Laird Archibald Campbell built the distillery in the early 1800’s near a cave where illegal distilling had been carried on possibly from the 1600’s. The whisky produced then was a characteristic peaty malt whisky – not at all like the present day product. The distillery was let out to many people over the years. It was leased to James Ferguson in 1875 and rebuilt in 1884 when it was producing 65,000 gallons per year.
In the early 1900’s the Fergusons seem to have been in dispute with the then Laird Colin Campbell and decided to quit the Jura distillery, dismantling and selling the machinery, which they had installed. The roofs were later removed to avoid paying rates and the distillery became a ruin. It seemed as if whisky making on Jura had come to a permanent end.
In the 1950’s Robin Fletcher owner of Ardlussa Estate and Riley-Smith owner of Jura House and Ardfin Estate got together to see how they could solve a foreseeable jobs crisis on the island. They thought about reopening the distillery to see if new people could be attracted to the island. They were joined by farmer, distiller and architect Delme’ Evans. They raised financial backing eventually, mostly from Scottish and Newcastle Breweries, to build the distillery.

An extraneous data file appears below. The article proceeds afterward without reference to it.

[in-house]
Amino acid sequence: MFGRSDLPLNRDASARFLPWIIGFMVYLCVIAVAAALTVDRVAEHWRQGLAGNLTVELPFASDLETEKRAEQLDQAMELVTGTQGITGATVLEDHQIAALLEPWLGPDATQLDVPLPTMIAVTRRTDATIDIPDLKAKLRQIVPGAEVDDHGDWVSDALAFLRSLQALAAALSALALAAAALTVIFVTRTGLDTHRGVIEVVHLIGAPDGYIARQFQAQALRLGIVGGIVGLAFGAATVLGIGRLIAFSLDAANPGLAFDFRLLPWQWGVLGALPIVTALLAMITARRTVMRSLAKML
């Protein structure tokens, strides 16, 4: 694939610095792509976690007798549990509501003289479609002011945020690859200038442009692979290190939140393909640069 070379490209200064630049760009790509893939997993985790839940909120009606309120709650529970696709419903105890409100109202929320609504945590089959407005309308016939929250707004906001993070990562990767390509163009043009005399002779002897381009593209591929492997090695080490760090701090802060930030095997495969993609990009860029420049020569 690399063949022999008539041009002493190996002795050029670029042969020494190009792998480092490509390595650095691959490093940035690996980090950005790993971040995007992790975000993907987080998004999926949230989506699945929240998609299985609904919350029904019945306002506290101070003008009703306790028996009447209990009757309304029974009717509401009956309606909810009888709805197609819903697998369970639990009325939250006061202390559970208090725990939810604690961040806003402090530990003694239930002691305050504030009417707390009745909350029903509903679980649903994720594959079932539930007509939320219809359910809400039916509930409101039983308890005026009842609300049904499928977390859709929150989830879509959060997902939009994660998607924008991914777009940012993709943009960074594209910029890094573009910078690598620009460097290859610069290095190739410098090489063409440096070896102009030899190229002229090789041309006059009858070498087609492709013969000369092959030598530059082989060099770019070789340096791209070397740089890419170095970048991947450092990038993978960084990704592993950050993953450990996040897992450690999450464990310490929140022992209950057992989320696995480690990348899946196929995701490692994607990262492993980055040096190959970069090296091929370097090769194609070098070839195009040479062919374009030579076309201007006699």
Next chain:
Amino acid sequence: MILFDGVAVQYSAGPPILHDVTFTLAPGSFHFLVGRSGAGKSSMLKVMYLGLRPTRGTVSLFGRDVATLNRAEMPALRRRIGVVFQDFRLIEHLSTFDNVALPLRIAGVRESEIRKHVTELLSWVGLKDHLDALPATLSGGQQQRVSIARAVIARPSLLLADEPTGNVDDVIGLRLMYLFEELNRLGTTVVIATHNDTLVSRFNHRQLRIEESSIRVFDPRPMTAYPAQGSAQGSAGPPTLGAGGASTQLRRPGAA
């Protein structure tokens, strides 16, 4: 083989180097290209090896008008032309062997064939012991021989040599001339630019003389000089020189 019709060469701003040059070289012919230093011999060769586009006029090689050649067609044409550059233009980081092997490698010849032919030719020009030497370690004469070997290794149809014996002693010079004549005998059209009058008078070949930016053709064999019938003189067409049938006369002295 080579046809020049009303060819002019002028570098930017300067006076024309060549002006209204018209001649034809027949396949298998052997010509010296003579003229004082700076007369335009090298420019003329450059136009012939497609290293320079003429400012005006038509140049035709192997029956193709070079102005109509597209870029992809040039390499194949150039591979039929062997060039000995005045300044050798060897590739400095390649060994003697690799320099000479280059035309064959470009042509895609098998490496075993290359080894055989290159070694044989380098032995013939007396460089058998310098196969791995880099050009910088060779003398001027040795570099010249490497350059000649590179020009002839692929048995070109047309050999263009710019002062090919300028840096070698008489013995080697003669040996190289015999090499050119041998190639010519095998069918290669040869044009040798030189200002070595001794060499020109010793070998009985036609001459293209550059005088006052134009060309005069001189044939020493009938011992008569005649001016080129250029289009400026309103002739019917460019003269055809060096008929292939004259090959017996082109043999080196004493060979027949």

Delme’-Evans designed and built the new distillery on the site of the old ruined one. He said of his plans “My primary aim was to construct an economic distillery within the space available. Everything had to be simple and fall to hand. You could not afford to complicate things in so remote a location. I also had to play mother to the large number of incomers on an island without any policemen - some Saturday nights became quite interesting!”
Everything had to be designed in such a way that the new Jura malt could be produced. “It was our intention to produce a Highland-type malt differing from the typically peaty stuff last produced in 1900. I therefore designed the stills to give spirit of a Highland character, and we ordered malt which was only lightly peated.”
The new distillery was opened on April 26th 1963 and employed a quarter of the male workforce.
ISLE OF JURA SUPERSTITION
The people of Jura are superstitious. From the prophecy of the one-eyed Campbell to an aversion to cutting peat before May, age-old island beliefs resonate to this day. Drawing on our finest older malts and spring-peated younger whiskies, Jura Superstition is a tribute to the people, the traditions and the mystical heritage that make Jura island life unique. Visit the island, meet the people, explore the past.